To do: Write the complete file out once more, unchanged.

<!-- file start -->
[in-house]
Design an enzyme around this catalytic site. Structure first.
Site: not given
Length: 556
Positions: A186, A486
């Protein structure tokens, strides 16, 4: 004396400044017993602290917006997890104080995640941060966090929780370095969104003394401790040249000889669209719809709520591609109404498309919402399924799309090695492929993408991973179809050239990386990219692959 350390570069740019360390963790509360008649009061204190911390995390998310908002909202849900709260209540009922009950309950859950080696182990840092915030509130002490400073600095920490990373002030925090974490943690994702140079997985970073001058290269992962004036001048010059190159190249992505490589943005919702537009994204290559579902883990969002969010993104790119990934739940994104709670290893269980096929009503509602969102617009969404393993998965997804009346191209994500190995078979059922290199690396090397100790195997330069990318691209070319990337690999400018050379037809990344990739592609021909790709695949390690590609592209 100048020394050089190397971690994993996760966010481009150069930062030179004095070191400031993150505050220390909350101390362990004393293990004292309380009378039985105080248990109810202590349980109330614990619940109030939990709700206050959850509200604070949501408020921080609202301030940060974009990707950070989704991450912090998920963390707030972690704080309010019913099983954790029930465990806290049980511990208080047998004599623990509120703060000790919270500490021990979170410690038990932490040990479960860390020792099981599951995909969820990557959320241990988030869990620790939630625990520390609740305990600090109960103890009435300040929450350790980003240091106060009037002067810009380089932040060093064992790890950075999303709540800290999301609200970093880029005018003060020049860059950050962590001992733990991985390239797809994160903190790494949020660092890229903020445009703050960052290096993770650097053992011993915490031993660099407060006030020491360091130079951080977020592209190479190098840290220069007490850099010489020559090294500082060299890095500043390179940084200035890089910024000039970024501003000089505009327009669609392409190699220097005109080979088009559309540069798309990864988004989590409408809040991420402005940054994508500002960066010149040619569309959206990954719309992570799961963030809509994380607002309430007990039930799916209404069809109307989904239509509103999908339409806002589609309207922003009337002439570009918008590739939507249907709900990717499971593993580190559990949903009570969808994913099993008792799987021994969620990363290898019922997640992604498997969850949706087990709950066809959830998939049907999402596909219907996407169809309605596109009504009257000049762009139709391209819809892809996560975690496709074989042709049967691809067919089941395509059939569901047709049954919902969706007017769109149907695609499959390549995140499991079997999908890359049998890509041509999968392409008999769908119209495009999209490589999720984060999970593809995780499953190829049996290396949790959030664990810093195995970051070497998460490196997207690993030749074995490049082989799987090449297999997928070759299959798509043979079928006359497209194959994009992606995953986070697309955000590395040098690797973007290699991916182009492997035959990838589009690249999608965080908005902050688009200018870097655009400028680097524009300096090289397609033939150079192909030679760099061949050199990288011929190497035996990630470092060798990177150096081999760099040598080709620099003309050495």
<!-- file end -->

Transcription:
[in-house]
Design an enzyme around this catalytic site. Structure first.
Site: not given
Length: 556
Positions: A186, A486
């Protein structure tokens, strides 16, 4: 004396400044017993602290917006997890104080995640941060966090929780370095969104003394401790040249000889669209719809709520591609109404498309919402399924799309090695492929993408991973179809050239990386990219692959 350390570069740019360390963790509360008649009061204190911390995390998310908002909202849900709260209540009922009950309950859950080696182990840092915030509130002490400073600095920490990373002030925090974490943690994702140079997985970073001058290269992962004036001048010059190159190249992505490589943005919702537009994204290559579902883990969002969010993104790119990934739940994104709670290893269980096929009503509602969102617009969404393993998965997804009346191209994500190995078979059922290199690396090397100790195997330069990318691209070319990337690999400018050379037809990344990739592609021909790709695949390690590609592209 100048020394050089190397971690994993996760966010481009150069930062030179004095070191400031993150505050220390909350101390362990004393293990004292309380009378039985105080248990109810202590349980109330614990619940109030939990709700206050959850509200604070949501408020921080609202301030940060974009990707950070989704991450912090998920963390707030972690704080309010019913099983954790029930465990806290049980511990208080047998004599623990509120703060000790919270500490021990979170410690038990932490040990479960860390020792099981599951995909969820990557959320241990988030869990620790939630625990520390609740305990600090109960103890009435300040929450350790980003240091106060009037002067810009380089932040060093064992790890950075999303709540800290999301609200970093880029005018003060020049860059950050962590001992733990991985390239797809994160903190790494949020660092890229903020445009703050960052290096993770650097053992011993915490031993660099407060006030020491360091130079951080977020592209190479190098840290220069007490850099010489020559090294500082060299890095500043390179940084200035890089910024000039970024501003000089505009327009669609392409190699220097005109080979088009559309540069798309990864988004989590409408809040991420402005940054994508500002960066010149040619569309959206990954719309992570799961963030809509994380607002309430007990039930799916209404069809109307989904239509509103999908339409806002589609309207922003009337002439570009918008590739939507249907709900990717499971593993580190559990949903009570969808994913099993008792799987021994969620990363290898019922997640992604498997969850949706087990709950066809959830998939049907999402596909219907996407169809309605596109009504009257000049762009139709391209819809892809996560975690496709074989042709049967691809067919089941395509059939569901047709049954919902969706007017769109149907695609499959390549995140499991079997999908890359049998890509041509999968392409008999769908119209495009999209490589999720984060999970593809995780499953190829049996290396949790959030664990810093195995970051070497998460490196997207690993030749074995490049082989799987090449297999997928070759299959798509043979079928006359497209194959994009992606995953986070697309955000590395040098690797973007290699991916182009492997035959990838589009690249999608965080908005902050688009200018870097655009400028680097524009300096090289397609033939150079192909030679760099061949050199990288011929190497035996990630470092060798990177150096081999760099040598080709620099003309050495």